Friday, February 8, 2013
Paul Revere and Genghis Khan come back to life in new book revealed one chapter at a time
The Returners is written by Plano resident and Gearbox Software writer Mikey Neumann.
There’s a popular trend in popular culture today of resurrecting classic fairy tales, sometimes even placing them in the modern day as seen in the comic series Fables to ABC’s Once Upon a Time. Local writer Mikey Neumann has gone in a similar direction with his episodic book series The Returners, only instead of resurrecting myths, he’s reincarnating historical figures.
The Returners takes characters that you’re probably familiar with from history books and gives them a new life in today’s society, from those in the far flung past like Alexander the Great and Genghis Khan to more recent people like Elliot Ness. They’re all living about as normal of a life as one can under the circumstances until one of their own – another “returner” – starts killing them off. So begins a book series that has been released episodically online, similar to the way a TV show is released, with the “Season One” omnibus available now.
The Returners: Season One Book Trailer
The first time I met Neumann was at a preview event for Aliens: Colonial Marines – a video game that serves as a canonical story in the popular movie franchise – for which he serves as a writer at Gearbox Software in Plano. At Gearbox, Neumann has also written the hit games Brothers in Arms and Borderlands, and has developed a bit of a following (not to mention experience) doing so. The Returners, though, is something else entirely, and it’s being written differently than most books.
Most books you read are rewritten at least once before they land on your bookshelf. It allows an author to see a story from beginning to end before fine tuning the bits and pieces that make up the whole. But Neumann doesn’t have that luxury with The Returners, due to its episodic nature. Once a chapter has been published online, he’s locked into his choices, whatever they may be. While he plots out much of his seasons similar to how television writers will plot out a season on TV, a lot can happen on the fly, and he can’t change his mind once he commits to a decision in print.
He gave a great example of this fast-paced writing process by referencing a scene in which the books villain (who’s identity was still unknown) kidnaps the modern day Marie Antoinette and Paul Revere. “I knew going into the chapter that one of them was not going to make it through the chapter,” he said. “In my notes I actually listed out the entire future for both characters; I wanted to know what I could do with them three or four seasons down the line.” When the killer tells the two captors that he hasn’t yet decided which of them would die, that was Neumann himself speaking through the character, debating with himself who to kill off.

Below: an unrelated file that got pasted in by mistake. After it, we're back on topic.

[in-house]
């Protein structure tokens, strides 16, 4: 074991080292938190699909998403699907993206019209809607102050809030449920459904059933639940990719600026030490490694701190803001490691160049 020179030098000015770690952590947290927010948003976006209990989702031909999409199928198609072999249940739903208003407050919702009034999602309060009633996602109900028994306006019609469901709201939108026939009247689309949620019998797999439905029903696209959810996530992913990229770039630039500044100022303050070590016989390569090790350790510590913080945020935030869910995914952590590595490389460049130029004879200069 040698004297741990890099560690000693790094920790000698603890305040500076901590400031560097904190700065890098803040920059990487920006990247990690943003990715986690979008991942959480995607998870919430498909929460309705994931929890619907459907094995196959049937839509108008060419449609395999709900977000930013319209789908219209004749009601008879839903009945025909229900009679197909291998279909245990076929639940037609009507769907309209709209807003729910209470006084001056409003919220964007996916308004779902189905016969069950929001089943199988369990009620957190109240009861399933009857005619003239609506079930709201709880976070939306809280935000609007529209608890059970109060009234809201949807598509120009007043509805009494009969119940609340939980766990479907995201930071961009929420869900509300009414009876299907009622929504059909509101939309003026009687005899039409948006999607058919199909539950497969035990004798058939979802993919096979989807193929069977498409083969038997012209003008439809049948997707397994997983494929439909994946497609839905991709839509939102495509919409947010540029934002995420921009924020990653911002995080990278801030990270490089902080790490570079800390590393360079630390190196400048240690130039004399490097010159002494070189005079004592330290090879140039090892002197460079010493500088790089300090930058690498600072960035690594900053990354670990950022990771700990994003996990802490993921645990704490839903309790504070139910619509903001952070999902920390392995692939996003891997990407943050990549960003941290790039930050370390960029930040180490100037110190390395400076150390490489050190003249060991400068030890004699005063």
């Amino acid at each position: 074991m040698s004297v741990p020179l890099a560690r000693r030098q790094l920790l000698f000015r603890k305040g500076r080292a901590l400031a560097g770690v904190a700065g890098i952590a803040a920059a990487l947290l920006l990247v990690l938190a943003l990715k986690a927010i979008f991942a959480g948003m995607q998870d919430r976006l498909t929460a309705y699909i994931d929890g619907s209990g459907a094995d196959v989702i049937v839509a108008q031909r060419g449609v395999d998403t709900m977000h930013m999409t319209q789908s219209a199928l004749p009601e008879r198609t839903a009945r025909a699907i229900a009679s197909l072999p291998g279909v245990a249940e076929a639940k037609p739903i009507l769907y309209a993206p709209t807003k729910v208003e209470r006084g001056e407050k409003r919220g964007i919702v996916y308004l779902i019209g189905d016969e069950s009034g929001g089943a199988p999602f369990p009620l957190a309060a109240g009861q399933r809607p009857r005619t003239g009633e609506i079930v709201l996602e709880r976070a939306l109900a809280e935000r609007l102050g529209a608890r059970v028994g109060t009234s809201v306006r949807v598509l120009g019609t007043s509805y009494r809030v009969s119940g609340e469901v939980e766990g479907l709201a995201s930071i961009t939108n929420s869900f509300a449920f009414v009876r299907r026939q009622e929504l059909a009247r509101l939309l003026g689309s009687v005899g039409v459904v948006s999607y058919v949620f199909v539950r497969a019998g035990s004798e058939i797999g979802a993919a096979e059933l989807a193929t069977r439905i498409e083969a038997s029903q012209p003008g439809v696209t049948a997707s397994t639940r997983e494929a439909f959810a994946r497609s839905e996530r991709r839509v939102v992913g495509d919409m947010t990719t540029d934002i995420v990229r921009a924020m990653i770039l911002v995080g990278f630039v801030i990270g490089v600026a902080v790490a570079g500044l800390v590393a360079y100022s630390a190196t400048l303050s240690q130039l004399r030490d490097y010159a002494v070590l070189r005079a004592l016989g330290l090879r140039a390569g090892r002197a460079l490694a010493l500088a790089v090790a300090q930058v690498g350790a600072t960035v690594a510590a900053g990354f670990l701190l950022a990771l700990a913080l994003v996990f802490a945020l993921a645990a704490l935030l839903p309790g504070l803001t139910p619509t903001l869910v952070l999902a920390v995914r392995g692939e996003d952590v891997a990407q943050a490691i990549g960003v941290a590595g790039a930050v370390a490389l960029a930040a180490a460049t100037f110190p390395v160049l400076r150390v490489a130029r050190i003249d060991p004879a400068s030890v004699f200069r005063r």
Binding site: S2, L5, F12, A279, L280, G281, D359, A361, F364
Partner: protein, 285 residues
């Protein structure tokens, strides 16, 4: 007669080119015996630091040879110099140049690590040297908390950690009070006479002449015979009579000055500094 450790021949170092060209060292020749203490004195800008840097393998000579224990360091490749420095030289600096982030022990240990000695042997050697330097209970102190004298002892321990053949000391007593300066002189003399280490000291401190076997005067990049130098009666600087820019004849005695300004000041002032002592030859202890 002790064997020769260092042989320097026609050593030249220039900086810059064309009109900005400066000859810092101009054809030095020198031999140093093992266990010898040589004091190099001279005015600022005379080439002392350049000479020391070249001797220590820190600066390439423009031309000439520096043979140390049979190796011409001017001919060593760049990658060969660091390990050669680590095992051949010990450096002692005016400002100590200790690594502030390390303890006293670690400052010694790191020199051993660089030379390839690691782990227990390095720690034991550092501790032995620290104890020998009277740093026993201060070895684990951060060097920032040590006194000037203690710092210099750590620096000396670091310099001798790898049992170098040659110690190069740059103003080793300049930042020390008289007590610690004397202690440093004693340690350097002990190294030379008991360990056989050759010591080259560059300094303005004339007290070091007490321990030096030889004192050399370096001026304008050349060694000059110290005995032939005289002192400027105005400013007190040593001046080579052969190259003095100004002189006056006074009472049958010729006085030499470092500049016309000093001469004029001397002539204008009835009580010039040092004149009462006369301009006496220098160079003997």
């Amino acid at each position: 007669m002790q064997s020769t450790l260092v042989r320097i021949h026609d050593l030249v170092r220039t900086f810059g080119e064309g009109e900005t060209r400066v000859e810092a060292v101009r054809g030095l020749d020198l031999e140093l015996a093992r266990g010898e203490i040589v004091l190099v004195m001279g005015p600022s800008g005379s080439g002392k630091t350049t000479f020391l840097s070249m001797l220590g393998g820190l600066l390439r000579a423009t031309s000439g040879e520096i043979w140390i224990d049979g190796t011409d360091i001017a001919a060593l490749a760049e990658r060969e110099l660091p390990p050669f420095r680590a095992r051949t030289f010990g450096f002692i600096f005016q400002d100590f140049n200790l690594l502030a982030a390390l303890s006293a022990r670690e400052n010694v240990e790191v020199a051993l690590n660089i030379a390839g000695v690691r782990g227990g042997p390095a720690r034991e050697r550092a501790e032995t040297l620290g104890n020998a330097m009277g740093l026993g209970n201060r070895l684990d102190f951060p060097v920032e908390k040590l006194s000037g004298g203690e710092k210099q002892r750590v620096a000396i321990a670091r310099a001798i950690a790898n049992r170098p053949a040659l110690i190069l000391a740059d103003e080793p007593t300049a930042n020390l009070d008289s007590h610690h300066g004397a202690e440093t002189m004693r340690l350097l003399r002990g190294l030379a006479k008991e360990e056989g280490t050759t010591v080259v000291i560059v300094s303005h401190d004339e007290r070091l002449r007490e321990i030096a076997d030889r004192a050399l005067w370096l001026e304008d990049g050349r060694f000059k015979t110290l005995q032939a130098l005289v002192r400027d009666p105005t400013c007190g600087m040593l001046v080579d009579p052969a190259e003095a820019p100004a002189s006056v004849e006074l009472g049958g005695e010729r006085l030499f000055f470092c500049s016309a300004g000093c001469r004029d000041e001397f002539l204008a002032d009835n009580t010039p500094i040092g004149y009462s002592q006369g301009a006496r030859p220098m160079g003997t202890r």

But even when he made a decision he thought he could stick to, he veered off-course right as the chapter was coming to a close, like a driver hastily changing lanes to narrowly make an exit off the highway. When the character who was originally meant to live asks the killer, “Changed your mind?” the killer replies, “I did” and kills that character instead. “That was me also,” Neumann said, “because at the end I was like, ‘I made my decision, but nope! I’m going this way!’”
Neumann does quite a bit of research for each of these characters (he told me he has a stack of some 450 letters Napoleon wrote), but the nature of their “second life” gives him some leeway with each of their personalities. As far as favorite characters go, “The one I absolutely needed to have was Albert Einstein as a 13 year-old kid,” he said. “There’s the public persona and then there’s who Albert Einstein actually was, so if you dive into him there’s some pretty dark stuff in there. And then to put that into the mind of someone who’s just becoming a teenager is really interesting. He’s very conflicted, he’s in the middle of puberty, so there’s a lot of emotional responses … There’s not a room he walks into that he’s not the smartest person in.”
Self-publishing and Amazon: The pros and cons